Don't miss

Replay


LATEST SHOWS

MEDIAWATCH

Trump: Fake News And Unnamed Sources

Read more

THE WORLD THIS WEEK

Trump Administration, Trukey Crackdown, French Presidential Race (part 1)

Read more

THE WORLD THIS WEEK

Trump Administration, Trukey Crackdown, French Presidential Race (part 2)

Read more

FRANCE IN FOCUS

Aux Champs-Elysées: The story behind France's most famous avenue

Read more

#TECH 24

Foosball gets its own social network

Read more

YOU ARE HERE

Inlays and veneers: The art of French cabinetmaking

Read more

PEOPLE & PROFIT

How should companies respond to a Trump Twitter attack?

Read more

#THE 51%

Trump abortion funding ban: Europe tries to fill the breach

Read more

REPORTERS

Video: India’s Kuki people, possible descendants of one of Israel's lost tribes

Read more

Beijing vexed over Yves Saint-Laurent auction

Text by AFP

Latest update : 2009-01-17

Two animal sculptures stolen from the Beijing summer palace in 1860 appear on the list of an eagerly awaited art auction from the late Yves Saint-Laurent. The "sale of the century", due for February 2009, has angered the Chinese authorities.

Chinese cultural officials are voicing anger over the planned sale of two national treasures in a high-profile auction of art amassed by late fashion king Yves Saint Laurent, state media said Saturday.

 

The relics, animal sculptures that decorated the Old Summer Palace in Beijing for hundreds of years, are expected to sell for up to 12 million dollars each in the Paris auction, the China Daily newspaper reported.

 

The rabbit and mouse head sculptures were stolen when French and British forces destroyed the famous complex of palaces and gardens in 1860, and Chinese cultural officials' repeated requests for their return have been rejected.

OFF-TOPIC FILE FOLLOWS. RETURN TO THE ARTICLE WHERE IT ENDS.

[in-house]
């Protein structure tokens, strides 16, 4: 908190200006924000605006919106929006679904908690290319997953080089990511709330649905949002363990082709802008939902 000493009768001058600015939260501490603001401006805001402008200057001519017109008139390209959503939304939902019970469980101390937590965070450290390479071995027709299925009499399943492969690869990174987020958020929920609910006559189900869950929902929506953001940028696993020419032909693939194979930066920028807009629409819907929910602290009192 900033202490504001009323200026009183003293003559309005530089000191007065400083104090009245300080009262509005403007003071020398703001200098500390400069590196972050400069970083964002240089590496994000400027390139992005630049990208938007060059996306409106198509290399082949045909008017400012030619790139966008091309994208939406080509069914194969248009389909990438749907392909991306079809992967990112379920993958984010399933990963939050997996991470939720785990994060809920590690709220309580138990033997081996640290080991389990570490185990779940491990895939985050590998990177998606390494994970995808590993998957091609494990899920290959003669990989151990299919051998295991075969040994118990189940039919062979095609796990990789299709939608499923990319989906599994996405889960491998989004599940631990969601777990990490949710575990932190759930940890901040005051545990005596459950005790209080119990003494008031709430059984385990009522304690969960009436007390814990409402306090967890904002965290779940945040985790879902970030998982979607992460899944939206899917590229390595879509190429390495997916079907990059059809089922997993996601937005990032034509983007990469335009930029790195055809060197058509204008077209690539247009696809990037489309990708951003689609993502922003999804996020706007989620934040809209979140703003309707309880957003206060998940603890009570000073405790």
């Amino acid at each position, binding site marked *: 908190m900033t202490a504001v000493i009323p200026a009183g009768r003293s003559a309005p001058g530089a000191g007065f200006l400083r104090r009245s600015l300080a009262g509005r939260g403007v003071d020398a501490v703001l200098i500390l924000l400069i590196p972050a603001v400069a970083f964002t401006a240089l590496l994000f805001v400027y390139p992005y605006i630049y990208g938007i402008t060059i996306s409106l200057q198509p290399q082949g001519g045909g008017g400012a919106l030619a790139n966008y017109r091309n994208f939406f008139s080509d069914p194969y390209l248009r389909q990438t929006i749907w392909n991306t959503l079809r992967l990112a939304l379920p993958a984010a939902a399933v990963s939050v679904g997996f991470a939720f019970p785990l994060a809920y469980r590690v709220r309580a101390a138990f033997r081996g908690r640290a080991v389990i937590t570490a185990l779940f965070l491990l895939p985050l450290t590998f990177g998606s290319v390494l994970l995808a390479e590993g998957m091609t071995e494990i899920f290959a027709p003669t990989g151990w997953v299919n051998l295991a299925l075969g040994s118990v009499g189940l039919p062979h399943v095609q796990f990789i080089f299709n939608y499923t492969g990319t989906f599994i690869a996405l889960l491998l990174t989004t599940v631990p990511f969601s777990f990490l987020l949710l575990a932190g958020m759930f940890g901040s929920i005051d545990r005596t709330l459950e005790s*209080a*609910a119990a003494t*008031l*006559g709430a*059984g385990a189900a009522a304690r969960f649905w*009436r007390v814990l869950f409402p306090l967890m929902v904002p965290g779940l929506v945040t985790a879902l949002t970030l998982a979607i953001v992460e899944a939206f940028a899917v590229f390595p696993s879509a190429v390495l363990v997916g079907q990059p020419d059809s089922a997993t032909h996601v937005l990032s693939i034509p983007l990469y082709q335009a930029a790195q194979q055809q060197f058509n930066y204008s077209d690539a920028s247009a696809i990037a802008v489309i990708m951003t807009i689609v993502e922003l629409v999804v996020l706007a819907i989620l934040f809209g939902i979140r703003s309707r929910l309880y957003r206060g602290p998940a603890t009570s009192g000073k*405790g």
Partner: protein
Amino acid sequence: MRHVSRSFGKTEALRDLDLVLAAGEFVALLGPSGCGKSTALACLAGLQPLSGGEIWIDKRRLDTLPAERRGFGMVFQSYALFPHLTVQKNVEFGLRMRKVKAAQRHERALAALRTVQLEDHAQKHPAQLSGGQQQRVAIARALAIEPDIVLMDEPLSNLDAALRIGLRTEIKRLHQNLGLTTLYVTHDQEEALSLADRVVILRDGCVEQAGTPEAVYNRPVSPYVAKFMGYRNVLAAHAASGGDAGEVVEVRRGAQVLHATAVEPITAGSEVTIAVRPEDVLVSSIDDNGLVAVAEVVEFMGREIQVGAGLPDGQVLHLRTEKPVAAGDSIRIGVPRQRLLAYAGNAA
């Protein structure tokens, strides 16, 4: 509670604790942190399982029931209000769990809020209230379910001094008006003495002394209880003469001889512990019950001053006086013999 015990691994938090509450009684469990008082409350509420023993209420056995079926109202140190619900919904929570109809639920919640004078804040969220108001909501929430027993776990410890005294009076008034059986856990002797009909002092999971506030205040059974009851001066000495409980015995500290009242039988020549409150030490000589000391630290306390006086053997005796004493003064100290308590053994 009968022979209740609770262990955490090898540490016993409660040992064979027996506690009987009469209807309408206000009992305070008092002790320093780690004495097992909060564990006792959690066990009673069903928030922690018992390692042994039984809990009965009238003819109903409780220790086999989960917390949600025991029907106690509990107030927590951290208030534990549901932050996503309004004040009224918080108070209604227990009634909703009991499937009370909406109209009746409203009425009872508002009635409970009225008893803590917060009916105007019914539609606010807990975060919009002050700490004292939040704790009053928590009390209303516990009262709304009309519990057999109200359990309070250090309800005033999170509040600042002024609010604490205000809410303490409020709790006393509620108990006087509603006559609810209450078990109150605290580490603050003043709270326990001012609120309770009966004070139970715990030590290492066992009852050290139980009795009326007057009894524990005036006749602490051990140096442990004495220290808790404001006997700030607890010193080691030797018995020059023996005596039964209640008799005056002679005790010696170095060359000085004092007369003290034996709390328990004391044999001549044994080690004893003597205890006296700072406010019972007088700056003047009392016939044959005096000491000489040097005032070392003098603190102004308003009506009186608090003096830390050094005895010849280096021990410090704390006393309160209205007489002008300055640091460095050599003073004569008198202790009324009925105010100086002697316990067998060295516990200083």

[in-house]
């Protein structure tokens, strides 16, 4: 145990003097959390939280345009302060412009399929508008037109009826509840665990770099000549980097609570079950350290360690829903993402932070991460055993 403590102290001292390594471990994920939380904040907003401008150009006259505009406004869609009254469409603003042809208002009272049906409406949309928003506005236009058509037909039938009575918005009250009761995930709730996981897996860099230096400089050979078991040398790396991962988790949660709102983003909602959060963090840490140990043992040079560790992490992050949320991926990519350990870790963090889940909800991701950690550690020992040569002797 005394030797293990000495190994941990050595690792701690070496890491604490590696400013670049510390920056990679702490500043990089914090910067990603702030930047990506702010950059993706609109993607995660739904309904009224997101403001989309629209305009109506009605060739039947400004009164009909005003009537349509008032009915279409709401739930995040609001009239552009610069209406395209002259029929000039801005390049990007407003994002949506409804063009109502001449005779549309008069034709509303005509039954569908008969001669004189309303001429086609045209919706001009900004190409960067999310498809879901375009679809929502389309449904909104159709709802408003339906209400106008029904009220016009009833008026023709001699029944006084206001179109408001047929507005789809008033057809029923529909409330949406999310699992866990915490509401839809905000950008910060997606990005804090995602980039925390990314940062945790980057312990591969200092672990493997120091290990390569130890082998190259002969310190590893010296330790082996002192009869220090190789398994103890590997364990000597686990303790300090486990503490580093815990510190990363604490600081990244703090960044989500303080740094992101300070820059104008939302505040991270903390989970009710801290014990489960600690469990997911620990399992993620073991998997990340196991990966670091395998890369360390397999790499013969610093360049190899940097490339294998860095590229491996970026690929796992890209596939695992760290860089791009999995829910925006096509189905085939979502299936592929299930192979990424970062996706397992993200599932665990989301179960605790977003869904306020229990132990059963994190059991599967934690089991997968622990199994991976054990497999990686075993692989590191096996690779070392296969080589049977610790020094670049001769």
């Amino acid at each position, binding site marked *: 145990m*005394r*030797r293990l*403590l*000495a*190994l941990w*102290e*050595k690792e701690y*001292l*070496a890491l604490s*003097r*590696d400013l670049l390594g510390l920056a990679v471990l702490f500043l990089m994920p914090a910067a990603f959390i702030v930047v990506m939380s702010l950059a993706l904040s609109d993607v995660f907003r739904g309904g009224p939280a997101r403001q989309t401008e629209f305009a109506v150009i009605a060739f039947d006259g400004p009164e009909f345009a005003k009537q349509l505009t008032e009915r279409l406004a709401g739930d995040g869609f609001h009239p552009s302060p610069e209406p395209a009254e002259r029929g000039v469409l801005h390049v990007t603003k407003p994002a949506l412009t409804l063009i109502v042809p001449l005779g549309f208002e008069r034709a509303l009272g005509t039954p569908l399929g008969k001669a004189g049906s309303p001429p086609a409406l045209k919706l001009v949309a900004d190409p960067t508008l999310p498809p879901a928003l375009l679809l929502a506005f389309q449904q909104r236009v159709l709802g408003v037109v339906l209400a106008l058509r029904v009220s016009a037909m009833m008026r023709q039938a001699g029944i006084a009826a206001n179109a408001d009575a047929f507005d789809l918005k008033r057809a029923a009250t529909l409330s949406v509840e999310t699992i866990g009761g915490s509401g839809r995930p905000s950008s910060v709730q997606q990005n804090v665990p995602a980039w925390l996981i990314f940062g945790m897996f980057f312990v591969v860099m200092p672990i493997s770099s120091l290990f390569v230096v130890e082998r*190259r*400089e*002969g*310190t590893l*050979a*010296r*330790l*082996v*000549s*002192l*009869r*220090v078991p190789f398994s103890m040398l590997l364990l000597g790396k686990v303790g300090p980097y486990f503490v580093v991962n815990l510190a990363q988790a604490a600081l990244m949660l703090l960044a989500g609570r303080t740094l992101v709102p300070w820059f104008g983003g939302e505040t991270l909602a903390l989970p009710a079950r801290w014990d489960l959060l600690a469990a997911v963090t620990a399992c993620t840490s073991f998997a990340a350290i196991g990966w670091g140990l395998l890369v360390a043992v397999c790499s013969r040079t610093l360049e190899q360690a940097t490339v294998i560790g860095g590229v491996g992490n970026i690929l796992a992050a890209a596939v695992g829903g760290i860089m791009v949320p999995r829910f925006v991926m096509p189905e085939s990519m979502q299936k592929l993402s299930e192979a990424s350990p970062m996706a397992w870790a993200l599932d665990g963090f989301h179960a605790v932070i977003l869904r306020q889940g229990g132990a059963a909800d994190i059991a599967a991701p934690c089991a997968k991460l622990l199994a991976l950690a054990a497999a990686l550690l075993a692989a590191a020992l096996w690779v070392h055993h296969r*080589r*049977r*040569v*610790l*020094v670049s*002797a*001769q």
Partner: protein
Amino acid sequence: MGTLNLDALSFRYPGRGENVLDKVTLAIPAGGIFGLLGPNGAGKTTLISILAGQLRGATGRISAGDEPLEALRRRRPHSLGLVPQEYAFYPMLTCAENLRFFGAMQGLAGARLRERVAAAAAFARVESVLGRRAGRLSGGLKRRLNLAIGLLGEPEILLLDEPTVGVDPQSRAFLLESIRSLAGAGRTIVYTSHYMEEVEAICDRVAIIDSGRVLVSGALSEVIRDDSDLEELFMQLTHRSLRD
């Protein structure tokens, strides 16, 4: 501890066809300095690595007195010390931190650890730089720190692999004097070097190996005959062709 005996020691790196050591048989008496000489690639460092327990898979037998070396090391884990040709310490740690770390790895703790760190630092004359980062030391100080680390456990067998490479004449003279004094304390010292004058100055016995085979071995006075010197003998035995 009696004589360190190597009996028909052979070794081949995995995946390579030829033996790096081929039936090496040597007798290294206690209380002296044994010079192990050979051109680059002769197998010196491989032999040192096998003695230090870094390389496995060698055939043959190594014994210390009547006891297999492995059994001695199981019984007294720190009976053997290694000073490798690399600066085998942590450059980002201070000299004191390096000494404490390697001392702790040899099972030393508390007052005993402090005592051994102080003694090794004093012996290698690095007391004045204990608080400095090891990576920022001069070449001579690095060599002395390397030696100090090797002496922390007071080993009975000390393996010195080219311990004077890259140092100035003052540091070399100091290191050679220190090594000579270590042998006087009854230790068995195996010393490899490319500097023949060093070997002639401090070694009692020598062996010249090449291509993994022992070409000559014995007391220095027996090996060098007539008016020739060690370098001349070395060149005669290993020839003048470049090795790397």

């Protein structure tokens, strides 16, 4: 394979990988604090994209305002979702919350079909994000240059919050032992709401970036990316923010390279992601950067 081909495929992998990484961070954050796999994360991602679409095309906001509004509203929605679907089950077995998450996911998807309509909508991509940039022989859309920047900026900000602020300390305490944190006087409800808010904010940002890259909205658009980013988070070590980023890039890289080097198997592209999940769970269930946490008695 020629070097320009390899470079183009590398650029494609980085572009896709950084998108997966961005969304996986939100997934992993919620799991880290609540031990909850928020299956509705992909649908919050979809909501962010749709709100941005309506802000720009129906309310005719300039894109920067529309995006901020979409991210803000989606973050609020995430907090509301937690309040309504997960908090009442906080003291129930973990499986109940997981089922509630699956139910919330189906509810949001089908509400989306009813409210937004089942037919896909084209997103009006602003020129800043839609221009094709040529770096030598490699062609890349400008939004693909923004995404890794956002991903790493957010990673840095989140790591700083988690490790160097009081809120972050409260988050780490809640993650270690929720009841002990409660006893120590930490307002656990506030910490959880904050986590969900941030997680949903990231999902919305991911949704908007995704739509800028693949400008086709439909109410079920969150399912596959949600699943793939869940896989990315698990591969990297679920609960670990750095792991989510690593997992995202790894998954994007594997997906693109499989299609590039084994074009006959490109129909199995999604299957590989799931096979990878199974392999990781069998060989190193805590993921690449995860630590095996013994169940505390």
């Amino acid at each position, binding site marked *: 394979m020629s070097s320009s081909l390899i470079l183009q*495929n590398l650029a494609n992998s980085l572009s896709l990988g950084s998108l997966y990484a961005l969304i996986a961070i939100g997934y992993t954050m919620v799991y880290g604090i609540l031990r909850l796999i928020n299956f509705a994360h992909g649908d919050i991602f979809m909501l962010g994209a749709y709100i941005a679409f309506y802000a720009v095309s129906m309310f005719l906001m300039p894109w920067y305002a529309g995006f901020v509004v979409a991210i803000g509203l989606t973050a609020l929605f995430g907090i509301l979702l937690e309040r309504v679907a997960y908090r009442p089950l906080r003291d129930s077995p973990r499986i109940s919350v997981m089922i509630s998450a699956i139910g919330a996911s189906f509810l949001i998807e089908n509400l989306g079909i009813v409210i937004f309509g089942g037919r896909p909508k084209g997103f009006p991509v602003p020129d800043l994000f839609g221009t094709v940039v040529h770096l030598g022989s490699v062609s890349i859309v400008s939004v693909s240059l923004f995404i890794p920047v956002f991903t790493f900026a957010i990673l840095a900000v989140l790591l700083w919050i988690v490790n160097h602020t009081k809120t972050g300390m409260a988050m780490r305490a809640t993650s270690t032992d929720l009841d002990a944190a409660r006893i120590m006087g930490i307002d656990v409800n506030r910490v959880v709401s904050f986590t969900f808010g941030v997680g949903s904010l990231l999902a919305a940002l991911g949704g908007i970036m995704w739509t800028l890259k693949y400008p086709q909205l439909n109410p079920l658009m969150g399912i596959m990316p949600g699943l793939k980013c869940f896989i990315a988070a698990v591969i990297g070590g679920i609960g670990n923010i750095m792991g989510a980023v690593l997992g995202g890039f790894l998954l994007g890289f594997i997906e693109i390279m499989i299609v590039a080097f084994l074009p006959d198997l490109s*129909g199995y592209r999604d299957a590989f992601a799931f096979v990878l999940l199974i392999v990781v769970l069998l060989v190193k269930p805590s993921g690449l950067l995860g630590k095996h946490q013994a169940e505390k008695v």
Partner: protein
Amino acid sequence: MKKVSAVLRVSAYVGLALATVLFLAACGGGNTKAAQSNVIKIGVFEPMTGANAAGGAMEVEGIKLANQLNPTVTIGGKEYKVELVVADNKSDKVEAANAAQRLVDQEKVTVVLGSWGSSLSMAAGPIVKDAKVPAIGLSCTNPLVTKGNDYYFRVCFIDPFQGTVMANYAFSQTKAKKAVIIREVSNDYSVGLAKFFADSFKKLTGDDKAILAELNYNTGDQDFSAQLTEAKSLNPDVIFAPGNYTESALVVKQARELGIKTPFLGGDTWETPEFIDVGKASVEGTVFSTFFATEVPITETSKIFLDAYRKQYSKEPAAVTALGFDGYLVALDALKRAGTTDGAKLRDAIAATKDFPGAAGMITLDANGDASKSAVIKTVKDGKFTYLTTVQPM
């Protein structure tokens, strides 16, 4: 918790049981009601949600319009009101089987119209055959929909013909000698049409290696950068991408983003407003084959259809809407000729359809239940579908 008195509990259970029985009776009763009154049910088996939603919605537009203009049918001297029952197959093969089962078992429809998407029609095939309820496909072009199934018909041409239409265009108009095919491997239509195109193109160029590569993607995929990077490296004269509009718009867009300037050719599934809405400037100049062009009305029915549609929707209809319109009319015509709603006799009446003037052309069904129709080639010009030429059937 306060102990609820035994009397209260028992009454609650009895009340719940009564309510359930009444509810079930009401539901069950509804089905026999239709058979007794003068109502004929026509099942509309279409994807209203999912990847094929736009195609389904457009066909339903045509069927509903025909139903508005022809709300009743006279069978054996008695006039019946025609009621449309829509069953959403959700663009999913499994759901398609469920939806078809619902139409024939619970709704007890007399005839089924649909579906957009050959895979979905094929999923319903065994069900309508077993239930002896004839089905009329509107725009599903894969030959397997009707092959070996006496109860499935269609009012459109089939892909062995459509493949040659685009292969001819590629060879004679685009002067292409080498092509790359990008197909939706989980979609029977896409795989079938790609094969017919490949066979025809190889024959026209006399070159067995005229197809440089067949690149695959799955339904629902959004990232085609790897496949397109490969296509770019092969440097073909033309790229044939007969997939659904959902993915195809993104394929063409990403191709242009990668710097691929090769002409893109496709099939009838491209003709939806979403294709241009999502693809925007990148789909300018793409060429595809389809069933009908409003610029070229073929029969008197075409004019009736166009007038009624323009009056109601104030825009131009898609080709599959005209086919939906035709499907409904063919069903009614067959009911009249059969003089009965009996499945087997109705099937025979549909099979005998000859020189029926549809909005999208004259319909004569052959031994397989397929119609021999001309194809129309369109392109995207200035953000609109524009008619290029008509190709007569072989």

"We have already taken action to try to bring the two pieces back," Niu Xianfeng, deputy director of China's Lost Cultural Relics Recovery Fund, told the China Daily.

 

He said the fund had contacted agents for the two relics in 2003 and 2004, but were told then they would have to pay 10 million dollars each for them.

 

"We think the offered prices were unreasonable and unacceptable," Niu said.

 

Chinese officials are determined not to participate in the sale, organised by Christie's and set for February, even though they desperately want the sculptures back.

 

"We always maintain the same stance on the issue of cultural relics lost overseas," said Song Xinchao, museum director at the State Administration of Cultural Heritage, according to the China Daily.

 

"We will not purchase things that belong to us."

 

The issue has piqued the interest of netizens here, with 90 percent of respondents to an online survey on popular portal Sina.com saying China should demand their return.

 

February's auction will see the sale of hundreds of pieces of art and cultural relics gathered over four decades by Saint Laurent, who died in June, and his companion, Pierre Berge.

 

Art-market insiders have described it as "the sale of the century" that will likely fetch hundreds of millions of dollars.

Date created : 2008-10-25

COMMENT(S)